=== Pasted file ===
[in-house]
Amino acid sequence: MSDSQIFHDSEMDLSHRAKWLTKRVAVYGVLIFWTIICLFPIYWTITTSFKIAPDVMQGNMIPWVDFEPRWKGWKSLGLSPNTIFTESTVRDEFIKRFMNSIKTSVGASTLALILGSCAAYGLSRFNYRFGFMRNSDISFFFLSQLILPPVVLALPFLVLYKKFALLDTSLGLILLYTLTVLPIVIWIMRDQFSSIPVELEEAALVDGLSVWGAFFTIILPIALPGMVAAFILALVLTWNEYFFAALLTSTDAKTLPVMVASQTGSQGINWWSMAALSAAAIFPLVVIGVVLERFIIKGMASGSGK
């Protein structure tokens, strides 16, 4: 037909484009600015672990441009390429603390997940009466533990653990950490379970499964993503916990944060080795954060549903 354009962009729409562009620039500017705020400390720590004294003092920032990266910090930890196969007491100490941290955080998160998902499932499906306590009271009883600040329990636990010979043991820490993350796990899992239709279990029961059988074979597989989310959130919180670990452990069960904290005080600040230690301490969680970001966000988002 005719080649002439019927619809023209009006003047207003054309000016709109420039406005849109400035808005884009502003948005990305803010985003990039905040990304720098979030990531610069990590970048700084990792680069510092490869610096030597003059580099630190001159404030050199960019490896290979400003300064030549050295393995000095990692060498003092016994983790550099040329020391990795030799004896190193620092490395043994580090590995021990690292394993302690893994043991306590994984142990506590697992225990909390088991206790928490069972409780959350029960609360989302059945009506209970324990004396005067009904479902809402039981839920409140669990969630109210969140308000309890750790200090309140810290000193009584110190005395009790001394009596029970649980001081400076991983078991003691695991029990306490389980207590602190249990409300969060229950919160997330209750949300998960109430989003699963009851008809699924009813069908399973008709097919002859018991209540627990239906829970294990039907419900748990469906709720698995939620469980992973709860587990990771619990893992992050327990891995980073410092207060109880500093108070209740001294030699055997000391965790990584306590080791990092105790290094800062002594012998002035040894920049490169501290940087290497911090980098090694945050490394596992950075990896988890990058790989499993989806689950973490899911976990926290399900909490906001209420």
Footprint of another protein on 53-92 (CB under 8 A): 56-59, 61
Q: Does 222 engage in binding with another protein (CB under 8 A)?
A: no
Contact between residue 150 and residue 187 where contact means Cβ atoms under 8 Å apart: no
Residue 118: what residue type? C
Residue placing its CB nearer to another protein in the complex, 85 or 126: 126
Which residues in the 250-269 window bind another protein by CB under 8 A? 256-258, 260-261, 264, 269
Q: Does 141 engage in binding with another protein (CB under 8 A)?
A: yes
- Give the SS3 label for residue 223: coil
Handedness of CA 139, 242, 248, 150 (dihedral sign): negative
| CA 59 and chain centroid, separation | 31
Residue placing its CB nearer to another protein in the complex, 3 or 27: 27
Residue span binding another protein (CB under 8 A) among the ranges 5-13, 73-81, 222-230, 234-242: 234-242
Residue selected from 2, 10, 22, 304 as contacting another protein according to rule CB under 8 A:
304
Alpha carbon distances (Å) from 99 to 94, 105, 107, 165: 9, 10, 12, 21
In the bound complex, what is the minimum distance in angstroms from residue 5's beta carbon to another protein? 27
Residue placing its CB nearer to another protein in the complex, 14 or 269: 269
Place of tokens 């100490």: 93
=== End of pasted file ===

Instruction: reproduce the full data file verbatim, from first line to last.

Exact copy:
[in-house]
Amino acid sequence: MSDSQIFHDSEMDLSHRAKWLTKRVAVYGVLIFWTIICLFPIYWTITTSFKIAPDVMQGNMIPWVDFEPRWKGWKSLGLSPNTIFTESTVRDEFIKRFMNSIKTSVGASTLALILGSCAAYGLSRFNYRFGFMRNSDISFFFLSQLILPPVVLALPFLVLYKKFALLDTSLGLILLYTLTVLPIVIWIMRDQFSSIPVELEEAALVDGLSVWGAFFTIILPIALPGMVAAFILALVLTWNEYFFAALLTSTDAKTLPVMVASQTGSQGINWWSMAALSAAAIFPLVVIGVVLERFIIKGMASGSGK
């Protein structure tokens, strides 16, 4: 037909484009600015672990441009390429603390997940009466533990653990950490379970499964993503916990944060080795954060549903 354009962009729409562009620039500017705020400390720590004294003092920032990266910090930890196969007491100490941290955080998160998902499932499906306590009271009883600040329990636990010979043991820490993350796990899992239709279990029961059988074979597989989310959130919180670990452990069960904290005080600040230690301490969680970001966000988002 005719080649002439019927619809023209009006003047207003054309000016709109420039406005849109400035808005884009502003948005990305803010985003990039905040990304720098979030990531610069990590970048700084990792680069510092490869610096030597003059580099630190001159404030050199960019490896290979400003300064030549050295393995000095990692060498003092016994983790550099040329020391990795030799004896190193620092490395043994580090590995021990690292394993302690893994043991306590994984142990506590697992225990909390088991206790928490069972409780959350029960609360989302059945009506209970324990004396005067009904479902809402039981839920409140669990969630109210969140308000309890750790200090309140810290000193009584110190005395009790001394009596029970649980001081400076991983078991003691695991029990306490389980207590602190249990409300969060229950919160997330209750949300998960109430989003699963009851008809699924009813069908399973008709097919002859018991209540627990239906829970294990039907419900748990469906709720698995939620469980992973709860587990990771619990893992992050327990891995980073410092207060109880500093108070209740001294030699055997000391965790990584306590080791990092105790290094800062002594012998002035040894920049490169501290940087290497911090980098090694945050490394596992950075990896988890990058790989499993989806689950973490899911976990926290399900909490906001209420």
Footprint of another protein on 53-92 (CB under 8 A): 56-59, 61
Q: Does 222 engage in binding with another protein (CB under 8 A)?
A: no
Contact between residue 150 and residue 187 where contact means Cβ atoms under 8 Å apart: no
Residue 118: what residue type? C
Residue placing its CB nearer to another protein in the complex, 85 or 126: 126
Which residues in the 250-269 window bind another protein by CB under 8 A? 256-258, 260-261, 264, 269
Q: Does 141 engage in binding with another protein (CB under 8 A)?
A: yes
- Give the SS3 label for residue 223: coil
Handedness of CA 139, 242, 248, 150 (dihedral sign): negative
| CA 59 and chain centroid, separation | 31
Residue placing its CB nearer to another protein in the complex, 3 or 27: 27
Residue span binding another protein (CB under 8 A) among the ranges 5-13, 73-81, 222-230, 234-242: 234-242
Residue selected from 2, 10, 22, 304 as contacting another protein according to rule CB under 8 A:
304
Alpha carbon distances (Å) from 99 to 94, 105, 107, 165: 9, 10, 12, 21
In the bound complex, what is the minimum distance in angstroms from residue 5's beta carbon to another protein? 27
Residue placing its CB nearer to another protein in the complex, 14 or 269: 269
Place of tokens 């100490």: 93